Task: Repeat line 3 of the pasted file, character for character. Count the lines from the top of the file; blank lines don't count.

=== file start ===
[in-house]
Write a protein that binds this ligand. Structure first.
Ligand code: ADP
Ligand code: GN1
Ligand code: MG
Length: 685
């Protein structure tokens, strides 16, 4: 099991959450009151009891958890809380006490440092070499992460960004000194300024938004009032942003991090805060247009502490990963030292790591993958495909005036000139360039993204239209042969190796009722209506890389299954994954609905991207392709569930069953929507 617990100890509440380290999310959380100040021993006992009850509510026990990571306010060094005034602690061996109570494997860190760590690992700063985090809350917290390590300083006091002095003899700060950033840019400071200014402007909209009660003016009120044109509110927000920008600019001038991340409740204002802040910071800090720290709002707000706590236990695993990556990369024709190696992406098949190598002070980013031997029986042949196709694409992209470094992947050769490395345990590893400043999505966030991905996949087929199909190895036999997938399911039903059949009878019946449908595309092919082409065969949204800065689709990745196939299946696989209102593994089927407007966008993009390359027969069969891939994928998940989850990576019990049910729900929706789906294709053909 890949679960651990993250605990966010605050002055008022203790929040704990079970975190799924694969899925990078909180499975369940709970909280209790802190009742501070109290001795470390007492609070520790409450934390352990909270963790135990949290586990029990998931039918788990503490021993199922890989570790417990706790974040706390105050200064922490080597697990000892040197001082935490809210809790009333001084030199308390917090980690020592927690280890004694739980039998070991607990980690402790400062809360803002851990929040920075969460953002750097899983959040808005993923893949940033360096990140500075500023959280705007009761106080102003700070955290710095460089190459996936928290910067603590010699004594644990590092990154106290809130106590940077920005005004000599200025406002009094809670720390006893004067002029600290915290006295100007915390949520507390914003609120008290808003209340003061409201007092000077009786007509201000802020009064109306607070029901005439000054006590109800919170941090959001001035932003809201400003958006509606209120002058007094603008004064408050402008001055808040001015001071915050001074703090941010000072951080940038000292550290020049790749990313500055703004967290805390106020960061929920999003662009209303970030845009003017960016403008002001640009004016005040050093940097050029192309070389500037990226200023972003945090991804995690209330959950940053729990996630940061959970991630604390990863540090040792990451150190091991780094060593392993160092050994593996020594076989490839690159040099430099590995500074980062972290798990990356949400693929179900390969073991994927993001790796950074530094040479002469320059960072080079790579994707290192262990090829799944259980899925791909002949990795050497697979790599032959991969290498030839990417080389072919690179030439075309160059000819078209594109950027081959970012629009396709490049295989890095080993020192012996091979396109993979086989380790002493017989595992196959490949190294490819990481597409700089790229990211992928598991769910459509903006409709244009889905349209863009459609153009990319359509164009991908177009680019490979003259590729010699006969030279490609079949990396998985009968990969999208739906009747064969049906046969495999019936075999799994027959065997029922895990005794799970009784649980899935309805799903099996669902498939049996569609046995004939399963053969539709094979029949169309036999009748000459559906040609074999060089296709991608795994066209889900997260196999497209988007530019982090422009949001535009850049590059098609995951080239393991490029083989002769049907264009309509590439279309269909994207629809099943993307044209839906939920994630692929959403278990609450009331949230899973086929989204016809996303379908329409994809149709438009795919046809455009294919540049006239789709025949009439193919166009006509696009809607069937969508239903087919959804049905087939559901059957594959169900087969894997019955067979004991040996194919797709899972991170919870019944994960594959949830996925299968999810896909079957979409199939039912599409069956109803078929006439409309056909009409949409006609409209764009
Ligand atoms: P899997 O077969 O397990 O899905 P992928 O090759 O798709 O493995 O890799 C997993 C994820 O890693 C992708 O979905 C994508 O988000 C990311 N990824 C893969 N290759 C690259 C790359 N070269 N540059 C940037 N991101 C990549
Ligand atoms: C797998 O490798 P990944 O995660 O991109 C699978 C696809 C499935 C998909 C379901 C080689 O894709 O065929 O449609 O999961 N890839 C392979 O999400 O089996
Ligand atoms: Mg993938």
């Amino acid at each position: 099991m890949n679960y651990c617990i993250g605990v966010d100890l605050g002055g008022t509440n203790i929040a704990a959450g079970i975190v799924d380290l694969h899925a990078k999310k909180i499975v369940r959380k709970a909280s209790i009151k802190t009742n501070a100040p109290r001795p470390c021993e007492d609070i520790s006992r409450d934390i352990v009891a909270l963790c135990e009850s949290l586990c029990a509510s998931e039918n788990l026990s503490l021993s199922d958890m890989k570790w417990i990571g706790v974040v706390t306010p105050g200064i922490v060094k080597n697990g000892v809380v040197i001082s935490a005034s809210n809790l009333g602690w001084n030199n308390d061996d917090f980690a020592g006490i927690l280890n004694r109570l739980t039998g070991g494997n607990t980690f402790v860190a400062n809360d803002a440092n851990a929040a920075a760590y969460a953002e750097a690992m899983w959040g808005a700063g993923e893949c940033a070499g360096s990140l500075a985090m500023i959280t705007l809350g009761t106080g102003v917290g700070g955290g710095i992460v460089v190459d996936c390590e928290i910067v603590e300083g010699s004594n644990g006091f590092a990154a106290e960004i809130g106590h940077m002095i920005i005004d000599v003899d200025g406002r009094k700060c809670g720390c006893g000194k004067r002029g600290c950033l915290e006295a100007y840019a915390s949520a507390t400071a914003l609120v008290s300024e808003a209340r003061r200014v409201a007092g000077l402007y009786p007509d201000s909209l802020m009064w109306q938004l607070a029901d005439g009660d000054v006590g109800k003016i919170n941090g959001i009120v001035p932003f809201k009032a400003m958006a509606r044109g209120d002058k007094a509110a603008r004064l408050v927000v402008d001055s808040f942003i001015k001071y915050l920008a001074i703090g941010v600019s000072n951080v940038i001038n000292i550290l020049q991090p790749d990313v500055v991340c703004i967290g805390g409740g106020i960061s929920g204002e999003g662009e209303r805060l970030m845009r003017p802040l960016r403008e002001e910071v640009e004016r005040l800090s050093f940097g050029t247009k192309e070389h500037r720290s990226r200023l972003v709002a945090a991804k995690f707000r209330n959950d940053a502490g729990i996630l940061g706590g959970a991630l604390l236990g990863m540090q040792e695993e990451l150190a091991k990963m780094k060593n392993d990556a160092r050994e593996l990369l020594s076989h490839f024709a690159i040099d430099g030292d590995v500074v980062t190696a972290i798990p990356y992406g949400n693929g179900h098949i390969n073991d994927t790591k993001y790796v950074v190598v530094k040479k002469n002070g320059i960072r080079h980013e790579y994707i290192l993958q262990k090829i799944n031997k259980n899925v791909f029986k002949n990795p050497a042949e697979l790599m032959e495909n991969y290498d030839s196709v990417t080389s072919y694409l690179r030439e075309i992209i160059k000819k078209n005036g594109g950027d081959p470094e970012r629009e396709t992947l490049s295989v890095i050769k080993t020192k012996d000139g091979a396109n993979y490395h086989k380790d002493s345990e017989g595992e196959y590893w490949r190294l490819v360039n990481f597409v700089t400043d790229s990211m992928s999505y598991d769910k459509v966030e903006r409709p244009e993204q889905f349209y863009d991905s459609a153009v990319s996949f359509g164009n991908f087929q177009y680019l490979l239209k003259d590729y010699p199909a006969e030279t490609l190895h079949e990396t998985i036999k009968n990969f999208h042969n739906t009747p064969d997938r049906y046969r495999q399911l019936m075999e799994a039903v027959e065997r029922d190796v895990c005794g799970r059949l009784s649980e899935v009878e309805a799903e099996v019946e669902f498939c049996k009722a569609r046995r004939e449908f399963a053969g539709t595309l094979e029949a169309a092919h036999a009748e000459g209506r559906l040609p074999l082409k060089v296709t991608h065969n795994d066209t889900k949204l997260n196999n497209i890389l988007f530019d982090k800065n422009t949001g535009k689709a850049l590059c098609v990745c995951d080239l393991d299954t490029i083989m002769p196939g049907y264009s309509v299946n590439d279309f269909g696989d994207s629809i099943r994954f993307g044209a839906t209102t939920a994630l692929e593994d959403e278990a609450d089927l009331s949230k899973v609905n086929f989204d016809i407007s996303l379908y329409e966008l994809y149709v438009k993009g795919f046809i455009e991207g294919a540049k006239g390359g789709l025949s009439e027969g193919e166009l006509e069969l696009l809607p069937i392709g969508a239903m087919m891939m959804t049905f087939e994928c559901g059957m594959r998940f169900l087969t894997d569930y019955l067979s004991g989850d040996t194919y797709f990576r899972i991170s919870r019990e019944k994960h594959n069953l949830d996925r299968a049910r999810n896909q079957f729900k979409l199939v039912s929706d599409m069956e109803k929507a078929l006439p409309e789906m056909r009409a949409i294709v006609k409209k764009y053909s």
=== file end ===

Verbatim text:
Ligand code: ADP